It's very common that parents ask "How do I find a good social skills training program?" You, of course, want to be a good consumer when you are looking for a good social skills program. There are a few things you need to look for.
- Social skills should be taught in a group setting with other kids who are around the same age and developmental level as your child.
- You also want to make sure that this is evidence-based, meaning that it actually works.
- You also want to look for a program that's parent-assisted. What that means is you, as a parent, want to be included in the treatment and you want to act as a social coach to your kid when they are not in a social skills group, which is the vast majority of the time.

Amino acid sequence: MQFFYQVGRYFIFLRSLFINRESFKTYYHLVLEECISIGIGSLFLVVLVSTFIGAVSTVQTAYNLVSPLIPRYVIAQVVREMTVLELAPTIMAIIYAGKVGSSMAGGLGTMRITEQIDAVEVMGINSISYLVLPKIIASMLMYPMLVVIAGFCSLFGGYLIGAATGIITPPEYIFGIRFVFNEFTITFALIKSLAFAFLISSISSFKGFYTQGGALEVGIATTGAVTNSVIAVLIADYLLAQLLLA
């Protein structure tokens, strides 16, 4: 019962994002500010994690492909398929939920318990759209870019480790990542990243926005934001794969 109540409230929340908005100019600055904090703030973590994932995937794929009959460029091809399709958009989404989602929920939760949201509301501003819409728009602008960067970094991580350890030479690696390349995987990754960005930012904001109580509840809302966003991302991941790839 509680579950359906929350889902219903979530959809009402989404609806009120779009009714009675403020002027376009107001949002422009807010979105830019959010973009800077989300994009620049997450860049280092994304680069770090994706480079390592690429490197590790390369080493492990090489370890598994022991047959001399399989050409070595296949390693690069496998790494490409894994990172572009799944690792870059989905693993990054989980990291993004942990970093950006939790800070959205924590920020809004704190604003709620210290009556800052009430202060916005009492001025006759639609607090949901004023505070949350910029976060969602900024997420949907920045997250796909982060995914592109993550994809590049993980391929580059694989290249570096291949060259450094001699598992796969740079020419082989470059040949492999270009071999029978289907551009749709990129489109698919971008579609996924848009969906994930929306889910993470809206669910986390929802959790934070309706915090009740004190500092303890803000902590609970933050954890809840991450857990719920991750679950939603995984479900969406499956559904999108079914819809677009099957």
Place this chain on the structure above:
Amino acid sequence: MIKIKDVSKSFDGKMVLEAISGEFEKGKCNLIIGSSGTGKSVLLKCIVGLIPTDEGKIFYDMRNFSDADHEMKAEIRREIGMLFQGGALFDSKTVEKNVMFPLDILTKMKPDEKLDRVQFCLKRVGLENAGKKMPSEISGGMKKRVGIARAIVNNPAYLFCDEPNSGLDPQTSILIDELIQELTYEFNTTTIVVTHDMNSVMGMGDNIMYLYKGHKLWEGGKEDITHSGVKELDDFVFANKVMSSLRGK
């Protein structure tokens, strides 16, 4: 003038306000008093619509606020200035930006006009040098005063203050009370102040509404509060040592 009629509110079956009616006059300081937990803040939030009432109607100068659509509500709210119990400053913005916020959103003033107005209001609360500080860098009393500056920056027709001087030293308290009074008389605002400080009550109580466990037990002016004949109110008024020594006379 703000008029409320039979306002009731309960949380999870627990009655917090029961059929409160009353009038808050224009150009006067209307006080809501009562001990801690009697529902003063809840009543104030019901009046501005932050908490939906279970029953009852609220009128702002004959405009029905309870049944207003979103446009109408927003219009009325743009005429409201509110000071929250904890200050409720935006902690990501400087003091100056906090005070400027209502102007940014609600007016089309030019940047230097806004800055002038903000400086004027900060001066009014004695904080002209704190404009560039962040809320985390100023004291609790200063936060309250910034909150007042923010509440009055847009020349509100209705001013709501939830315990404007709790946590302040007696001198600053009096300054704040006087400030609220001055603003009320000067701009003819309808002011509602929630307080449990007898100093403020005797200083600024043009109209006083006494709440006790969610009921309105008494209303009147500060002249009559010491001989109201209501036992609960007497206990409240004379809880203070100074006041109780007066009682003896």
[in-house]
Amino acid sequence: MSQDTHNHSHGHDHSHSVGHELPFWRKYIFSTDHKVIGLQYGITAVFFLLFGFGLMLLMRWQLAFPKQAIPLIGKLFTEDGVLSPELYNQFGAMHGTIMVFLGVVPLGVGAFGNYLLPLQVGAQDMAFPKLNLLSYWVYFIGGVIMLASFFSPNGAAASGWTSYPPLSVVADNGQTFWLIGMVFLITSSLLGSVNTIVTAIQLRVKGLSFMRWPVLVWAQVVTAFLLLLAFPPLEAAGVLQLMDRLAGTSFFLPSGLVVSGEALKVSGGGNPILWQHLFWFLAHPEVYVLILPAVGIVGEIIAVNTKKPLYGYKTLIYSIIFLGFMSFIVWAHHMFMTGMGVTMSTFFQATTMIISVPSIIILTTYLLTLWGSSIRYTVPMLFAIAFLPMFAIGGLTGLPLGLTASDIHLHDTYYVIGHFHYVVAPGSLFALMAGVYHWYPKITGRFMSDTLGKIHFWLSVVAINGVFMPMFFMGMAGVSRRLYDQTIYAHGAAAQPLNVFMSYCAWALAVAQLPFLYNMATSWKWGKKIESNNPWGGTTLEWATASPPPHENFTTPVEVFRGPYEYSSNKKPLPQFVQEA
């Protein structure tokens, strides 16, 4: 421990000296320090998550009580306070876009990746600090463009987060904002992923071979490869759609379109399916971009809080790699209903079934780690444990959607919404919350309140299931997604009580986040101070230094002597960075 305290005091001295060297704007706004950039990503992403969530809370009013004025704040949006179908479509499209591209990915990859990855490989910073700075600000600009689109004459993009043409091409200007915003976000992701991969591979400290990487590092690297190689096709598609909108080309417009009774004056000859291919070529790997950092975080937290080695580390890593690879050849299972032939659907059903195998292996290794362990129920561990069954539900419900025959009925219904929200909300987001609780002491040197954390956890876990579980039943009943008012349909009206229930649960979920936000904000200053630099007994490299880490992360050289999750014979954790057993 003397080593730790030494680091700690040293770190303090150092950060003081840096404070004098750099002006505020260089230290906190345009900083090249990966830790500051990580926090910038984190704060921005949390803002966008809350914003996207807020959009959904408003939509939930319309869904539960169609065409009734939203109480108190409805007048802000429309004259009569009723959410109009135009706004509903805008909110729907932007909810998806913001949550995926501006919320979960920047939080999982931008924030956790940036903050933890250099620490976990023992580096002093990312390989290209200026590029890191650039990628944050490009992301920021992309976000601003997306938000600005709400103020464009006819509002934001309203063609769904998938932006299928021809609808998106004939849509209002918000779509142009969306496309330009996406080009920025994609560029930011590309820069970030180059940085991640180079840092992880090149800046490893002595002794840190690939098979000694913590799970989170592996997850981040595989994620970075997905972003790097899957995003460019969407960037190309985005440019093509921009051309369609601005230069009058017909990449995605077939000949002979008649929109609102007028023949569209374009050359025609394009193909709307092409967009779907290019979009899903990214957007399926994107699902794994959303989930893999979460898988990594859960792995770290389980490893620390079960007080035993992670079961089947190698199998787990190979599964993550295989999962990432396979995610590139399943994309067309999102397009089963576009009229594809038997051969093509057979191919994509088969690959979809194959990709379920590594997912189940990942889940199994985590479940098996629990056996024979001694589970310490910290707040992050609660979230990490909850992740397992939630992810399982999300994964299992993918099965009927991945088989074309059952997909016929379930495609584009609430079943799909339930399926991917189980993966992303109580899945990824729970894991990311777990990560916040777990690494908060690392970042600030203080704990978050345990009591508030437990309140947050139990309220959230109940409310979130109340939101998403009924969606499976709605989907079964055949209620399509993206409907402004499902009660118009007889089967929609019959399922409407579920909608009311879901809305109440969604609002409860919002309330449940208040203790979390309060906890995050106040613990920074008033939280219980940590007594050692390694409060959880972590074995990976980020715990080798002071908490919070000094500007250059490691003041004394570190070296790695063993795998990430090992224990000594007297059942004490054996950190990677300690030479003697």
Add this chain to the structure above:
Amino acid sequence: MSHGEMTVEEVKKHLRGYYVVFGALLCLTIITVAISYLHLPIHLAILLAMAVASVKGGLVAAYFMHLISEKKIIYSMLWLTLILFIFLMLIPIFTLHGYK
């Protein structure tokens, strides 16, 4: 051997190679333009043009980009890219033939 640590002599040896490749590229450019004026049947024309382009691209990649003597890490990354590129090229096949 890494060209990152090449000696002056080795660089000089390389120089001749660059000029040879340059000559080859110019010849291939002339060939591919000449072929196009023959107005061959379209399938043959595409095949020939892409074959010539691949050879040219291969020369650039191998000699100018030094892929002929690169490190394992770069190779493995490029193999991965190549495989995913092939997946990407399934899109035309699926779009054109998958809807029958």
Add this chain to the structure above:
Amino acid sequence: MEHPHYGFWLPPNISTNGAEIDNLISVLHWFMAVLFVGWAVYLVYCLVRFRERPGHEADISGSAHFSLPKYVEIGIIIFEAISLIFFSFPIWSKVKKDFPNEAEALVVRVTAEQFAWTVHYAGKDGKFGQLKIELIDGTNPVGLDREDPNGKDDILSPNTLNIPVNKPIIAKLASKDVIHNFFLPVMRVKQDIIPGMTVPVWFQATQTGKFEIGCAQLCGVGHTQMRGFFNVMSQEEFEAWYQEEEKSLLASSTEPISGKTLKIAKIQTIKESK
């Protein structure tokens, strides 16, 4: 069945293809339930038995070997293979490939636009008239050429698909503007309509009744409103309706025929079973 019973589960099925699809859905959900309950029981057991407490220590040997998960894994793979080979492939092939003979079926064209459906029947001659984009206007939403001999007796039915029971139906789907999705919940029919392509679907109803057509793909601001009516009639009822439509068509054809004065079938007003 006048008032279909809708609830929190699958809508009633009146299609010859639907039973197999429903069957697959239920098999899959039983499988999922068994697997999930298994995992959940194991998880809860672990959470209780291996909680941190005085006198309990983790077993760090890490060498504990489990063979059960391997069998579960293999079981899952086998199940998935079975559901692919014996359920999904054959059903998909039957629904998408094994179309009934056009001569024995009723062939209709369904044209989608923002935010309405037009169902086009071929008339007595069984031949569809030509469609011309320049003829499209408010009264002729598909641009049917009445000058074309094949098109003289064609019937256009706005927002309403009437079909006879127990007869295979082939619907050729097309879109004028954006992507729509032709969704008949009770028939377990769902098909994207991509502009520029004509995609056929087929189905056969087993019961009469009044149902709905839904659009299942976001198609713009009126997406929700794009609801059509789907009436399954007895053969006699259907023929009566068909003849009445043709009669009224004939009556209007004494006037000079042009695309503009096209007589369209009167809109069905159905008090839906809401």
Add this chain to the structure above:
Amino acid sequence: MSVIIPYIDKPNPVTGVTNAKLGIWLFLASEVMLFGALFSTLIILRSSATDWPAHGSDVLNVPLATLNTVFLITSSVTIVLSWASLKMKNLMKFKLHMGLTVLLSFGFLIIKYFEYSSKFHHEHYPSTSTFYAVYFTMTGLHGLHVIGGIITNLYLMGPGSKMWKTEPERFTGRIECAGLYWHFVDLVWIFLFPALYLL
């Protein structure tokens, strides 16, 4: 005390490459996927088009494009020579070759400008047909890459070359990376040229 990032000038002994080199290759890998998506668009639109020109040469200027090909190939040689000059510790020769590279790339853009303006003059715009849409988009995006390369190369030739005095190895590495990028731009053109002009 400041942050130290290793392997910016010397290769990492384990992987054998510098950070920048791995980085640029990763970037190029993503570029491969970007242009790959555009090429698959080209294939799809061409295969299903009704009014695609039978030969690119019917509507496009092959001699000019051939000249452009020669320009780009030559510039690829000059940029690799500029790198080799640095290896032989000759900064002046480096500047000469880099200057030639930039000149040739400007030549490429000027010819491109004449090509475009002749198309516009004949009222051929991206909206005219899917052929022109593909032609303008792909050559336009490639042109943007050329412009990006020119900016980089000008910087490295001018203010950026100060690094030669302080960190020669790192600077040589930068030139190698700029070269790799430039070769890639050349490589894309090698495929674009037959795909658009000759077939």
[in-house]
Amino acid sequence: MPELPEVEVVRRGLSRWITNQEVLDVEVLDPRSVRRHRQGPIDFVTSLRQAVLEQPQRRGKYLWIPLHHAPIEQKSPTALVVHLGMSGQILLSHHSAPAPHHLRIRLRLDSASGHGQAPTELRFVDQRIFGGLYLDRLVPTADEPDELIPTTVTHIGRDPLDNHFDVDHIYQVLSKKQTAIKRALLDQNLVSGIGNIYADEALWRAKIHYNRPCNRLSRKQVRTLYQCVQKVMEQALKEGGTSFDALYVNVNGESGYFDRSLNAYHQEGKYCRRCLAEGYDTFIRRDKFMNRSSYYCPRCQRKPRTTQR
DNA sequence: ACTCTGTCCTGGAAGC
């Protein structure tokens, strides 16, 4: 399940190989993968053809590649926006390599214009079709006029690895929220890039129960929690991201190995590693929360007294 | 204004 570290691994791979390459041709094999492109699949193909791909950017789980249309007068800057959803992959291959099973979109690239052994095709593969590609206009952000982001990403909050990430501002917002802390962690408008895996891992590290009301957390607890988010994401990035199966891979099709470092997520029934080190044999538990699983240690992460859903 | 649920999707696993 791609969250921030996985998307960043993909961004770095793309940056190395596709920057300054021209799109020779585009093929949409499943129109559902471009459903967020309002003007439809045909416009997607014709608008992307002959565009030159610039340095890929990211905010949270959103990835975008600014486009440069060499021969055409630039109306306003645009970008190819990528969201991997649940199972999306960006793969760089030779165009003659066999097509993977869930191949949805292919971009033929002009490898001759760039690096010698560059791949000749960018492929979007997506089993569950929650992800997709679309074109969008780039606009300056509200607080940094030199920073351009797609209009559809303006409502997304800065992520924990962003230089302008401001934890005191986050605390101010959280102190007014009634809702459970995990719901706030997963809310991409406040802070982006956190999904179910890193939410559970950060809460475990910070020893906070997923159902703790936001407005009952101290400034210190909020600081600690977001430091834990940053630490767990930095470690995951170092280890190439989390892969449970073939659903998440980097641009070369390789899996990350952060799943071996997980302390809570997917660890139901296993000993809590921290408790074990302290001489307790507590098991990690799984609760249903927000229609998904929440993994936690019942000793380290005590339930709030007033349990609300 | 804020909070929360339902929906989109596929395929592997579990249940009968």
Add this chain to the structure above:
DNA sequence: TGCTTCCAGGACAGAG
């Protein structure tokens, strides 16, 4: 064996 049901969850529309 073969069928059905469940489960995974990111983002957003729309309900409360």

- There needs to be some kind of didactic lesson each week when they are targeting one type of skill using concrete rules and social etiquette.
- There needs to be some kind of demonstration of what these skills are supposed to look like. These are called "role-playing exercises;" which sometimes show what to do but also show what not to do.
- opportunity to practice the skills in the session. That's called, "behavioral rehearsal," where they are practicing the newly learned skill and receiving performance feedback from the coaching team.
- homework assignment each week, where they are practicing that new skill in the real world, hopefully, with parent assistance.